Saturday, April 08, 2006
Throsby Park House
This morning I was doing one of the things I love best - touring a historical house!
We don't have that many in Australia, so when one has an open day I like to be there. In this case the house was local, just up the road from where I live. Now see, I live in the southern highlands because of it's history aspect and that it is a very beautiful area. It's the closest I can get to Victorian history without living in England!
Throsby Park House was built in 1834 by one of the first land owners that settled in the Highlands. The original land grant was given to Charles Throsby in recognition of his exploration of the area in the 1820s.
The main house is a lovely Georgian colonial style, wide verandahs, etc. Sadly, it needs a lot more money spent on it than what has been spent so far. Lands & Parks have limited funds for it. It breaks my heart. I really wish the government would step in and take over these old homes and do them up. Once these houses are gone there is no replacing them! When will authorities wake up to this problem?
Anyway, it was wonderful to look around the house. The ceiling were so high, and the servants stairs so narrow and near vertical, poor beggers.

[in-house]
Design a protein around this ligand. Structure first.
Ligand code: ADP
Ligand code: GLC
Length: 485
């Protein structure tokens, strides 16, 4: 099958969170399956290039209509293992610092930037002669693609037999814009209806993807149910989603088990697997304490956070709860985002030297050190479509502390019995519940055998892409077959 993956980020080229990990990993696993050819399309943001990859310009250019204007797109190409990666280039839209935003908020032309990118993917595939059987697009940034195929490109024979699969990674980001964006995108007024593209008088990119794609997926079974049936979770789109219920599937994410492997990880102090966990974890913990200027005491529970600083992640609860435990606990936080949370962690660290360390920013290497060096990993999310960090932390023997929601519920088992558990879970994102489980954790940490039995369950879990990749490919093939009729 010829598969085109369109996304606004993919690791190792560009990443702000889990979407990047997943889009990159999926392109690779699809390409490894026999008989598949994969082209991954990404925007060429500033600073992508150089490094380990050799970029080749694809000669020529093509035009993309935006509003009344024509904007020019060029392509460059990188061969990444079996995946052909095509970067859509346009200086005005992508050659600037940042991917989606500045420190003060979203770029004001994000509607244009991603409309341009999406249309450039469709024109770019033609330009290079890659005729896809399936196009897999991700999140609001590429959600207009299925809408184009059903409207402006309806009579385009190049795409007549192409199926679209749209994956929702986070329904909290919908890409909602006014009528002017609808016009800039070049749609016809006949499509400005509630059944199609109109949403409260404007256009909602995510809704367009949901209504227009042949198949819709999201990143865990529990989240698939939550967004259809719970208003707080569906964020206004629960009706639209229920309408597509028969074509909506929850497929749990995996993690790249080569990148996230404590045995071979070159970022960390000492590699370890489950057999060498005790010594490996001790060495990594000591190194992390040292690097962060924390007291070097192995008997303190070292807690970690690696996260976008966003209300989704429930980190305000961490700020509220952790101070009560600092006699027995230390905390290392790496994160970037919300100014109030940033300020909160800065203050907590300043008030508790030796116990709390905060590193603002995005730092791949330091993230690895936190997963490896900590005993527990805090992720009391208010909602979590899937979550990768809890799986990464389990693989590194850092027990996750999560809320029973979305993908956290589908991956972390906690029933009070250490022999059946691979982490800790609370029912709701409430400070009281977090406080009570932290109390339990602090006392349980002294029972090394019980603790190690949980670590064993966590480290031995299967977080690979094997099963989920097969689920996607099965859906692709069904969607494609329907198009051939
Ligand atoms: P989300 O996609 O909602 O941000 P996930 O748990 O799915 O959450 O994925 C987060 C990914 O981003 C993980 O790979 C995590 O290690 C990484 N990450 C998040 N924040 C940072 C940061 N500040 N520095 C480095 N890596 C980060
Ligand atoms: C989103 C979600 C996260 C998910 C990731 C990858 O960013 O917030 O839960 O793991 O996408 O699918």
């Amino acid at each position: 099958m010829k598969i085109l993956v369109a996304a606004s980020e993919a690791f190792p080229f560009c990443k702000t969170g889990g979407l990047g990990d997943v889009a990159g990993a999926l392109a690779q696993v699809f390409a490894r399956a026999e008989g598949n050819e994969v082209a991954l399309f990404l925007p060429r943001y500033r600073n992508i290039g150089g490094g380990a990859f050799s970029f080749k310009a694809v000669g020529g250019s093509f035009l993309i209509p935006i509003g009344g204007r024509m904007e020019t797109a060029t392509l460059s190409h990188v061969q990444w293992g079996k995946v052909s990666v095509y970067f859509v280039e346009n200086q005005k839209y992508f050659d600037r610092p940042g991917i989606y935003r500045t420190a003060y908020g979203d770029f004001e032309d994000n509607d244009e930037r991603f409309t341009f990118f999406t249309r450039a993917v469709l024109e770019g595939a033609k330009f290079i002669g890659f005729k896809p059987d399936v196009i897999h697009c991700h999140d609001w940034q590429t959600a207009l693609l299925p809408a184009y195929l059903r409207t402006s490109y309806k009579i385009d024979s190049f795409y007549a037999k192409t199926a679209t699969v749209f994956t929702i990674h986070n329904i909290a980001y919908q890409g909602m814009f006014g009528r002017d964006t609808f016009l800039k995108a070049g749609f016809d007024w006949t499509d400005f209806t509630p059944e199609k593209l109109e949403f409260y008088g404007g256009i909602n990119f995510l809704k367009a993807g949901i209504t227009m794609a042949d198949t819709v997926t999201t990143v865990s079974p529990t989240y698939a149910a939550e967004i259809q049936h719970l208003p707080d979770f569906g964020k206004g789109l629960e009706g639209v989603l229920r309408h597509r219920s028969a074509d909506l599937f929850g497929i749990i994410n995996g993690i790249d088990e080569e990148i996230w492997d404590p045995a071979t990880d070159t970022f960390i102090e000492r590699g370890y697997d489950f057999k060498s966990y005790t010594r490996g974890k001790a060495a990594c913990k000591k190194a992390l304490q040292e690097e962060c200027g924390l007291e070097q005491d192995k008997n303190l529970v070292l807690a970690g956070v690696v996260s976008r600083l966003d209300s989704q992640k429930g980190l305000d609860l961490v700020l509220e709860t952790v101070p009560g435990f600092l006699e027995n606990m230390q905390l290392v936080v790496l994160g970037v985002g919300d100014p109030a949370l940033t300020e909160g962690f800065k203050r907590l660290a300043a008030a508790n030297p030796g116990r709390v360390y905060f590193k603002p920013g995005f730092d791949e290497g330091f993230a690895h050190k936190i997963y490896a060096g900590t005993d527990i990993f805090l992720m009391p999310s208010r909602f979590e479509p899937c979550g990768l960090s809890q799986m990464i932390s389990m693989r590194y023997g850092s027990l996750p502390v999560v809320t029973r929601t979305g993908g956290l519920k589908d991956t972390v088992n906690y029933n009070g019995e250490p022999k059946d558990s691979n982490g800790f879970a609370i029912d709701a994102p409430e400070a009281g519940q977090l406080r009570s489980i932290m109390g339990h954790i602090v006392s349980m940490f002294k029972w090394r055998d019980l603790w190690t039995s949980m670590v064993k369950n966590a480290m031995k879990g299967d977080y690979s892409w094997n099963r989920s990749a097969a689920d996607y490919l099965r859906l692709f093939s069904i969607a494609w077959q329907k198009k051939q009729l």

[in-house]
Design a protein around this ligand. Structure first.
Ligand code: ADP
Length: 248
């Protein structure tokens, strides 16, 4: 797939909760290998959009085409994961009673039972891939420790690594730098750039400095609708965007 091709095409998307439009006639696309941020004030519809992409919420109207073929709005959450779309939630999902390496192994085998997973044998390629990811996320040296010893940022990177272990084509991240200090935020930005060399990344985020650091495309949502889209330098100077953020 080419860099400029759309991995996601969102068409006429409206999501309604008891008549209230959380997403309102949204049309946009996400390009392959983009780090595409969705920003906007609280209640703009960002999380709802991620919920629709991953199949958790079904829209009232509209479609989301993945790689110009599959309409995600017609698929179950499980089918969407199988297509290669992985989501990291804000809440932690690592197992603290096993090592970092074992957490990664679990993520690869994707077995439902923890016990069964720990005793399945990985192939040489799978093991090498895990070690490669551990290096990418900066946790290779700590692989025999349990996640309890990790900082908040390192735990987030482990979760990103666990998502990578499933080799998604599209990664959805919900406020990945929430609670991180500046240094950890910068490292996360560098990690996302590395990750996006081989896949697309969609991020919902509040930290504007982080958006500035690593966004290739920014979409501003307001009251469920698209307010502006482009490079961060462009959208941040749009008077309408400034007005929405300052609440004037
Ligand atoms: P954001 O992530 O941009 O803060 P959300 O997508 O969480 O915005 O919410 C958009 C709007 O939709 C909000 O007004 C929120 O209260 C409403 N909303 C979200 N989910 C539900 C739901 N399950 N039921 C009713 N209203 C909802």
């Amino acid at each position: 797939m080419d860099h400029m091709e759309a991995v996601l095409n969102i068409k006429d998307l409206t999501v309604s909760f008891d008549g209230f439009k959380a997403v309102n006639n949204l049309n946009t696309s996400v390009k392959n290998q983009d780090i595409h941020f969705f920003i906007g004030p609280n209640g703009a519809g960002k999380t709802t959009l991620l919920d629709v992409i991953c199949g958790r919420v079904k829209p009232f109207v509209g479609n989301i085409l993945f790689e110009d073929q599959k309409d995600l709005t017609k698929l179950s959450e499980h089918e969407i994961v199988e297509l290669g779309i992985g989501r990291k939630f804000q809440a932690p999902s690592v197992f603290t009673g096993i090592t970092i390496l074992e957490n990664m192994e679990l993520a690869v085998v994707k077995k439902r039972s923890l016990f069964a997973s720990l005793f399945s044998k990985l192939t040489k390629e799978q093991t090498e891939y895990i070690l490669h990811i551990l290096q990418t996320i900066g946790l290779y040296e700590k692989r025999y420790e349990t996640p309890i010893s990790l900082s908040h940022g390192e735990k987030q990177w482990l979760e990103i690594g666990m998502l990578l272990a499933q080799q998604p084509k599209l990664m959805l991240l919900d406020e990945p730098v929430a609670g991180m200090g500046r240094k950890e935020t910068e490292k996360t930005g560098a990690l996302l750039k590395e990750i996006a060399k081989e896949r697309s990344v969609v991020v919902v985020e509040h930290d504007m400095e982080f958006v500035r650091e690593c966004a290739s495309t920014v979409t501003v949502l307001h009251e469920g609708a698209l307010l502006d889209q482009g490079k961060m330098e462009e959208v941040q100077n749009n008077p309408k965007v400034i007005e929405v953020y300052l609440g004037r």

As a historical author my head was just buzzing with ideas as I toured the rooms.
I can't help myself and I have to touch the walls and think of the people who, 170 years ago, built them.
So, that's my brush with history for a little while until Septemeber when I'll visit Camden Park House, built by John Macarthur in 1834 and still in family hands to this day. The family have a small hill some distance from the house and that's where all members of the Macarthur family are buried. It's amazing. The house grounds have the oldest Camelia in Australia, planted by Elizabeth Macarthur from a sapling brought from England. It's a beautiful home.
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